REPORT NUMBER 5.
July 7th. On Passage in the Fog. Paamuit Northwards.
after a late rise, Pat, Cathal and P. went walking in a
slightly more serious way, eastward towards the head of a
fjord, described as a commonly visited place on summer
weekends for boat outings from Paamuit, in those high H.P.
motorboats, loaded with cans of petrol. The walk was long and
felt wild, none of it over 250 metres, but up and down, around
lakes and over cols (saddles), to see more of the same.
separated by casualness on my part.
I felt vulnerable on my own; if I had a sprain or break
of ankle, I could be here for a fair while. Policeman John had
said that this would be a two and a half hour walk each way.
When that time had elapsed not a sight of the fjord was to be
seen. Up one more ridge I went and then a quarter of an hour
later, there it was, majestic and lonely, but for a vessel of
about 2,000 tons anchored. Wondrous!
the return, on a more northern and direct route, there were
traces of a path from time to time. One and three quarter
hours later I saw the high Paamuit Loran (?) Mast and a half
hour later was on board, 5 minutes behind the lads.
was I and didn't join the others in their trip up the town
that evening. They later claimed to have met a better sort of
citizen, while they caroused and I slept.
I was up at up at 08.00, fresh but with back-pain, hopefully
Away, Eoin and P on watch, into a clear breeze from the
north-west, feeling good, bound for either Fiskenes or
Faeringhaven. Twelve hours later in a pea souper of a fog,
going inshore seemed unattractive. We'd probably keep going
"Eoin is cooking the Arctic Char that Peter, the
Newfoundland-bound Greenlander gave to us, onions sizzling in
our big (500 mm. by 400 mm. ) frying-pan. Pat is e-mailing on
the laptop. Others read. I'm on watch. Thanks be to God for
Radar and GPS. Life's good."
Radio is putting out a police message asking for lookout for a
missing boat, 4
adults and 2 children on board. Left Nanortalik yesterday,
Bound Sarssuq. Overdue."
the fog cleared as we ran up Nuuk Icefjord. The mountains
showed through the sun, the first sun we'd seen in the last
Alongside. To the Sjomansheim for showers and coffee, what a
these Seamen's homes are, for sailors and tourists alike.
We relaxed about. Met French Monique on her 33 footer with her
crew Fred and Herve. They accepted our invitation to dinner
and we all had a great night, Fred, guitar-player and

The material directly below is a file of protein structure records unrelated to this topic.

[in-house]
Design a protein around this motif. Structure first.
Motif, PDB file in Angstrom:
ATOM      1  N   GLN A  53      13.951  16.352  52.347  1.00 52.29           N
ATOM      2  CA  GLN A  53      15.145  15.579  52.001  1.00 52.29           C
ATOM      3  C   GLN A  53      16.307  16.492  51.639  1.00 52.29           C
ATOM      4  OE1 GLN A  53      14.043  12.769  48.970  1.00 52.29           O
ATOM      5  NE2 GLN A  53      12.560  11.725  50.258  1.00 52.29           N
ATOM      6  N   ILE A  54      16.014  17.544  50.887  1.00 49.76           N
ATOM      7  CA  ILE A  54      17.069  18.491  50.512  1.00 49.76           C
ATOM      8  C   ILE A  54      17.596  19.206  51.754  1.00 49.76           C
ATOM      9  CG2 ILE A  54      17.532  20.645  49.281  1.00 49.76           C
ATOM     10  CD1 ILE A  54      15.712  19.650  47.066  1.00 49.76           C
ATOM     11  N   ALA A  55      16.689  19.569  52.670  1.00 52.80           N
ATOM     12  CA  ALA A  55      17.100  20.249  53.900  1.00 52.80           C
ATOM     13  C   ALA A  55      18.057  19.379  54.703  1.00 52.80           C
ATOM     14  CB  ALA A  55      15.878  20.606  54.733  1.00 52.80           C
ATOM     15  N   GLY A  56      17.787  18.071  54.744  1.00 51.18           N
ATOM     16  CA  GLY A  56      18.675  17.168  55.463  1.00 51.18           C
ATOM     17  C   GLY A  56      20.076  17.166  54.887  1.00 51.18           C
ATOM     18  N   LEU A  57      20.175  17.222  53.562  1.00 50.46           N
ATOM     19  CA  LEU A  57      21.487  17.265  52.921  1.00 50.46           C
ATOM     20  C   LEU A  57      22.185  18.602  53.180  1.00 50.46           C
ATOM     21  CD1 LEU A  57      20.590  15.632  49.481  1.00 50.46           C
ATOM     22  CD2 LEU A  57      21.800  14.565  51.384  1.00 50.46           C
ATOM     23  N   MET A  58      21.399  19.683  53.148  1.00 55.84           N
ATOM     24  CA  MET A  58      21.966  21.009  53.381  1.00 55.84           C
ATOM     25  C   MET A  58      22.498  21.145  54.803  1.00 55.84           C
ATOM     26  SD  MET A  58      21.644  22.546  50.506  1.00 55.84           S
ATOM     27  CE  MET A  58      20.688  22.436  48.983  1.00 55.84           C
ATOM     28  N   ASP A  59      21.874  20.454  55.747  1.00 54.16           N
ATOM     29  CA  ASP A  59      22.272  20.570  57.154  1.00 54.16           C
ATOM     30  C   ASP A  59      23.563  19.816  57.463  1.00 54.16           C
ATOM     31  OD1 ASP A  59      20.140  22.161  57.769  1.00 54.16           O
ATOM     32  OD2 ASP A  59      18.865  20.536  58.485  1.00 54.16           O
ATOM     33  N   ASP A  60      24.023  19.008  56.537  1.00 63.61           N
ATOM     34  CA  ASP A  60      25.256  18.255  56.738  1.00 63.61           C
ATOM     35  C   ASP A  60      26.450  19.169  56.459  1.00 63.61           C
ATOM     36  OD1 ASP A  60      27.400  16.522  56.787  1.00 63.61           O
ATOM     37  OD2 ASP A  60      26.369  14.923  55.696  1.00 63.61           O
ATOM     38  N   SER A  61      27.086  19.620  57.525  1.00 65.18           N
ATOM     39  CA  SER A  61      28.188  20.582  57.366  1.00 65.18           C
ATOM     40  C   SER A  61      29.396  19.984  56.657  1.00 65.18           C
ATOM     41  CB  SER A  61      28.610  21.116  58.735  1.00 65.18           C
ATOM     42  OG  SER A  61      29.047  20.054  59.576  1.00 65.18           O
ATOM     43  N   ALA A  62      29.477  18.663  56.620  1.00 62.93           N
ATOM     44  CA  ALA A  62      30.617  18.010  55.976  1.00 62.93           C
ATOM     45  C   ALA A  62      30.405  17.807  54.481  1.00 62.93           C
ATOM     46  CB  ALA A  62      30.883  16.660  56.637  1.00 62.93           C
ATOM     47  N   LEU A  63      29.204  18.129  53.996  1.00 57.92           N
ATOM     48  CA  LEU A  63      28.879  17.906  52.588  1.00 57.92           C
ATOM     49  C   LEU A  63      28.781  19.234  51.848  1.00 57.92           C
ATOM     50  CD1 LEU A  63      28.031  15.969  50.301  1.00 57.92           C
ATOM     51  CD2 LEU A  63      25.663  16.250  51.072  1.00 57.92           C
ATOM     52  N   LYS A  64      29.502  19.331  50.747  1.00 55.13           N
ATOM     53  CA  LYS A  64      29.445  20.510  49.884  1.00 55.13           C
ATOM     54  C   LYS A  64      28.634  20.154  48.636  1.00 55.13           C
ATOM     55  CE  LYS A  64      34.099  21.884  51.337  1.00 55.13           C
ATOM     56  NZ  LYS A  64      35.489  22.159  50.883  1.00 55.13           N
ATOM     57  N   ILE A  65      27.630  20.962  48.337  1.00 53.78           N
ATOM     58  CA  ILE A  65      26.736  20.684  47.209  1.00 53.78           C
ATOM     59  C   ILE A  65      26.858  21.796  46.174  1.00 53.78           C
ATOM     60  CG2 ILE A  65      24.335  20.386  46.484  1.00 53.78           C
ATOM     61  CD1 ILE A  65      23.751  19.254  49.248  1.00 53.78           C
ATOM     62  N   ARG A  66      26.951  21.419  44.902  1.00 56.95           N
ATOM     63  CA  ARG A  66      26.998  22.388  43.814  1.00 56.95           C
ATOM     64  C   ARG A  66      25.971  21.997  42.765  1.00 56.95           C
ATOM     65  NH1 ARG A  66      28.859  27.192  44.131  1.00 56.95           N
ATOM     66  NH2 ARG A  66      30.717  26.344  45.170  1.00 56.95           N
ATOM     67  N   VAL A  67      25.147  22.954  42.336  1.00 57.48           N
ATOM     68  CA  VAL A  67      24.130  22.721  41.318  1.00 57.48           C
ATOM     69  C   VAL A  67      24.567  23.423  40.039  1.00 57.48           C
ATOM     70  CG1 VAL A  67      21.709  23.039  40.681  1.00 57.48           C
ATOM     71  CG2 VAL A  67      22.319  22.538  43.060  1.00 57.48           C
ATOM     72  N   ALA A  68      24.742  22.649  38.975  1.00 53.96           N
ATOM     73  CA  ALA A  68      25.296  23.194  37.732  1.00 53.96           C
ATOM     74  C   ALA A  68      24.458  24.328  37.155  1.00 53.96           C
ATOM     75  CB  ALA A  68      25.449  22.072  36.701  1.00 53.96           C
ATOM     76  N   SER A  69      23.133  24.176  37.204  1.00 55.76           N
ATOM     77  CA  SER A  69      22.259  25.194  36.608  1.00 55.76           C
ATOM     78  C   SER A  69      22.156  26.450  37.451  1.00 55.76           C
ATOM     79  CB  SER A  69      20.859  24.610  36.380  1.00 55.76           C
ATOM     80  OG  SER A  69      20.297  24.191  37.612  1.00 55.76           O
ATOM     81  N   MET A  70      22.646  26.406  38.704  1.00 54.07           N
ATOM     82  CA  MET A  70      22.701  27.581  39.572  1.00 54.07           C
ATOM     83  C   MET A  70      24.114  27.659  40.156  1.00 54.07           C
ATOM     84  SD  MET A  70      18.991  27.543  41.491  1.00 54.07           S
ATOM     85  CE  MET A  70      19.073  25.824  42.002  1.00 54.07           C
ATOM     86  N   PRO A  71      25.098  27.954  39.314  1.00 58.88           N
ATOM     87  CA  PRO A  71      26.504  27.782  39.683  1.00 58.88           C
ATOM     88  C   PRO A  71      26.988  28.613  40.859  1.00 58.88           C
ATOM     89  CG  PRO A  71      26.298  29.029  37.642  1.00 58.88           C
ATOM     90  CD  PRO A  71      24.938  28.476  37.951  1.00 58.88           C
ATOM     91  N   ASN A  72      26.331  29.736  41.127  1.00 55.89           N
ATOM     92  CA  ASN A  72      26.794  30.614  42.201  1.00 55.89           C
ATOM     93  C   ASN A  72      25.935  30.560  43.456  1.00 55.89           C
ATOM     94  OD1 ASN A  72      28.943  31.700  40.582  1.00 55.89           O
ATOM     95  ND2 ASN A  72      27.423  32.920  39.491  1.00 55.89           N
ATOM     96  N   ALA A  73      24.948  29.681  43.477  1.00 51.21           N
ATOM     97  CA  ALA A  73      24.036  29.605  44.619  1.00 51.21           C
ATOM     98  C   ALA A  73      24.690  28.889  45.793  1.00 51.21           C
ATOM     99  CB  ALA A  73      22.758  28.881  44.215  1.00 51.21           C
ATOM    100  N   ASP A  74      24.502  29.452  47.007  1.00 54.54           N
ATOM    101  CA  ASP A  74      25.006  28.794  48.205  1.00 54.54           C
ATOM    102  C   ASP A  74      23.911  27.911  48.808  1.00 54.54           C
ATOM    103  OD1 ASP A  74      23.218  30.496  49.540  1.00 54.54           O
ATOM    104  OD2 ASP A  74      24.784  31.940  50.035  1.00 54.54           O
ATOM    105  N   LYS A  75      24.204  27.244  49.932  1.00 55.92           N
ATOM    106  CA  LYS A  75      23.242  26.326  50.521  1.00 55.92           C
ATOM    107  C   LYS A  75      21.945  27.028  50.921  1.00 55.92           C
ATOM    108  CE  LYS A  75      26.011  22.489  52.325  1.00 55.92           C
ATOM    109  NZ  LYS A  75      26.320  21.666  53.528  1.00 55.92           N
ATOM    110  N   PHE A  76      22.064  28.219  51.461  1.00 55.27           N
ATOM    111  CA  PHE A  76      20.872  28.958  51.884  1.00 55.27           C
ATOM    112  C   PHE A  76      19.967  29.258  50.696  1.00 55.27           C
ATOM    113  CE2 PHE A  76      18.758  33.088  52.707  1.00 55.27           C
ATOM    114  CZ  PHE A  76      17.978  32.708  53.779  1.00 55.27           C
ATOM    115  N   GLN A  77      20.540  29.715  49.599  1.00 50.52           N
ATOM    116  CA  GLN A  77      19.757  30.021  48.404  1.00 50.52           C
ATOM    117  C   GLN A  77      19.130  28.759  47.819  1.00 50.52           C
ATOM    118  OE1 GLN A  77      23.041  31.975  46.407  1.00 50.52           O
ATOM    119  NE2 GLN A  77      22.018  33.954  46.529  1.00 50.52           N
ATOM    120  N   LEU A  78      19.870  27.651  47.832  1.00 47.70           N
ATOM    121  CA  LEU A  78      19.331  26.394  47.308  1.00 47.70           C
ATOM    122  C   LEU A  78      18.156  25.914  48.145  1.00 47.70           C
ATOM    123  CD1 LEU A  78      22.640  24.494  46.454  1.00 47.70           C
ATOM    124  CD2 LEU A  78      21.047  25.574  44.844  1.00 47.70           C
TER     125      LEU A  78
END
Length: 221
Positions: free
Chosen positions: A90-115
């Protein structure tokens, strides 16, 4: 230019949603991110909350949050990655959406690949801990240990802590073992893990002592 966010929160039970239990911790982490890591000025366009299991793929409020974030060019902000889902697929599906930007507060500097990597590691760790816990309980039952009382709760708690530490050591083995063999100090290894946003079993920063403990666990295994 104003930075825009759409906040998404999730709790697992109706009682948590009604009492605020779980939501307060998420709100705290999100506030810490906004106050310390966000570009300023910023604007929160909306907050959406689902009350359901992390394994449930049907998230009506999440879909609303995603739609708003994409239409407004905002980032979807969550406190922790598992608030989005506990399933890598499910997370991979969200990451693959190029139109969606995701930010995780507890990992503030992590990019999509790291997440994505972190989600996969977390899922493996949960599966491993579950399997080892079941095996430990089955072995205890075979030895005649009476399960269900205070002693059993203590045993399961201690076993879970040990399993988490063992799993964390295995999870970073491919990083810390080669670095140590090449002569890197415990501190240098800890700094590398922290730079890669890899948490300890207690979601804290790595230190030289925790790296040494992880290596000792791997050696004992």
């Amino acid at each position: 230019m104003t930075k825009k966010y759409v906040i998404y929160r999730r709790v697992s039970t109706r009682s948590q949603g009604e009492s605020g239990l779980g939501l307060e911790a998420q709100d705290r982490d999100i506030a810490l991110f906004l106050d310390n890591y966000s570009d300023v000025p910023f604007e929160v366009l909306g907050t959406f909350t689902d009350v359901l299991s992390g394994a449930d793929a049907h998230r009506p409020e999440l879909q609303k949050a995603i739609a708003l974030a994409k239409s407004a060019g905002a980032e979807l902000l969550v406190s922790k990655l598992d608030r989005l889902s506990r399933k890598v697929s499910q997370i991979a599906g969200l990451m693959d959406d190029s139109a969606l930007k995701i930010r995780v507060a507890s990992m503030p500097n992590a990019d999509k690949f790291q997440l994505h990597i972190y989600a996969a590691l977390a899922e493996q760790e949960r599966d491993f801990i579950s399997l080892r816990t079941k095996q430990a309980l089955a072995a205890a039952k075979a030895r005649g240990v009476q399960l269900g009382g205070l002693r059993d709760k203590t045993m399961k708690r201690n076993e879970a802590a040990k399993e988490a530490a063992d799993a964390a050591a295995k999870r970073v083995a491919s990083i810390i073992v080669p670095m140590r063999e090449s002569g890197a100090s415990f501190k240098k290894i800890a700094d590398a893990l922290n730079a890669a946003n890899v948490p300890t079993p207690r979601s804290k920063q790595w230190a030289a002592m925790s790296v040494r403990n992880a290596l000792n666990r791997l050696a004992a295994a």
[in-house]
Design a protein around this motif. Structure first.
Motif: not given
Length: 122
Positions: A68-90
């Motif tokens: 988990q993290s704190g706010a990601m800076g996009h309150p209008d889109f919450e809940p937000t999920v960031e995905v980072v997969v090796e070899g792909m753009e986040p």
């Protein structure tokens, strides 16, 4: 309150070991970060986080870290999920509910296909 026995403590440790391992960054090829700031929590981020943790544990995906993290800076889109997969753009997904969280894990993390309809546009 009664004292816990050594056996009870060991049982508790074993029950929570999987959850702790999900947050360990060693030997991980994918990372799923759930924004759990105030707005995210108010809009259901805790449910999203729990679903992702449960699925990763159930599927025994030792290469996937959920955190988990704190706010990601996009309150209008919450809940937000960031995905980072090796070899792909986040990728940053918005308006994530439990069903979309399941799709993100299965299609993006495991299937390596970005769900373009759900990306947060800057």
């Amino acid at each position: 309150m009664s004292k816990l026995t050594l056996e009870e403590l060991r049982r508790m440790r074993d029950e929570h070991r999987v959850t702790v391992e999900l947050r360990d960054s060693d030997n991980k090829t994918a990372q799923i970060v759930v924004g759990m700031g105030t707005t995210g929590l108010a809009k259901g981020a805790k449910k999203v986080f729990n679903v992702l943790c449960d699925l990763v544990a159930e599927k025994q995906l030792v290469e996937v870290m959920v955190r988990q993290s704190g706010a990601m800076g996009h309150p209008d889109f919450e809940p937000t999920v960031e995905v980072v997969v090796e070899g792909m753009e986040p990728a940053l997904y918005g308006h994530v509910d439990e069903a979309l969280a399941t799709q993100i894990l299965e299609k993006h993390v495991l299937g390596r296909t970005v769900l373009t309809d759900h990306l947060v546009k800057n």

storyteller keeping us in stitches. Then up town for a last,
quieter drink in the Kristinemut, outside of which there were
two Politi cars. Being a Sunday, it was early closing. Good
nights sleep. ( GNS )
we had a late and an easy start.
Cathal, Harry, Pat and Gearoid, in the inflatable, across to
the Molene Hills, for them to do the walk round, up and back
to the harbour. I had walked these hills in 1993, while Saint
Patrick had a new crankshaft fitted to her Perkins engine. I
dingied by the boatyard, saw the big company trawlers and
crabbers. " All going to dinner to-night on the French
I wrote a technical piece to Jarlath. My back is improving.
Greenland Air Pilot, Jens called.
He had been contacted by John Murray, via Bill Cronin.
Jens will bring back news of the ice up north. Nuuk is busy
and clean, from what I've seen so far, undeserving of the
Lonely Planet critique.
night the French cooked for us 'canard' avec fromage, very
French, great night. Monique, sailing south, after
overwintering the boat in Sisimuit, will be staying well clear
(150) miles of Cape Farewell. She knows four different boats,
including herself in 1983, who had knock-downs there.
of us wouldn't know 4 people who had been there. They had a
shanty-book with, on the cover, a picture of Con McCann and
Raphel McIlhone playing music on the Connacht. Inside there is
a picture of Johnny Moynihan playing with Raphel.
the late morning, after the departure of the French, posting,
etc., we left the harbour as the fog cleared and the sun broke
through. Raised all sail and spotted 3 whales on the east side
of Nuuk peninsula. ('nuuk' is Greenlandic for 'peninsula'.)
jumping about ensued, pointing and camera-work. Hove-to, in
search of the whale, Moby-Dick style. Could we distinguish
them? Not really. They were about 10 metres long or maybe
more, white underside to tail as it raised vertically before
the characteristic plunge.
(We now know it to be the Atlantic Humpback)
need practise to catch the characteristics for identification
with confidence. If we get any good at it or any of the photos
are any good, we'll give them to Simon Berrow or Leo Hallissey
a glorious force 4, we sailed northwards in the inland fjord
system towards our objective, a bay in the island of Sadelo,
where the chart showed that it shallowed sufficiently to get
anchoring depth, our mountain being to one side.
17.30, we dingied ashore, Cathal, Eoin, Harry, Pat and P. and
began the upward walk. Initially we passed through grassy
ground, tufted, with streams of glacial meltwater, mosquitos
abounding but not biting much, then to the rock and boulder
and on to a mixture of snow and rock. There was no danger, no
bother, just keep the plod going, we'd be resting later when
some obstacle looms. We eschewed the first low summit,
rounding it by its shoulder, the boat now a distant spec
2 hours we found our spot, on a col below a rocky ridge, with
the option of climbing onward on some exposed slabs. We
stashed our bags, with Eoin, and carrying rope and cameras
only chose the ridge. Three quarters of an hour later we were
on to the lesser summit of Sermitsioq, having needed the rope
protection for one short section only. The fjords lay all
round beneath us, with bergs freshly calved discharging from
the glaciers. To
seaward lay a plane of cloud below us. There was much
photographing, mutual congratulation at our good fortune in
being here and downward we began.
midnight, in the dusk the lads were back aboard, myself a half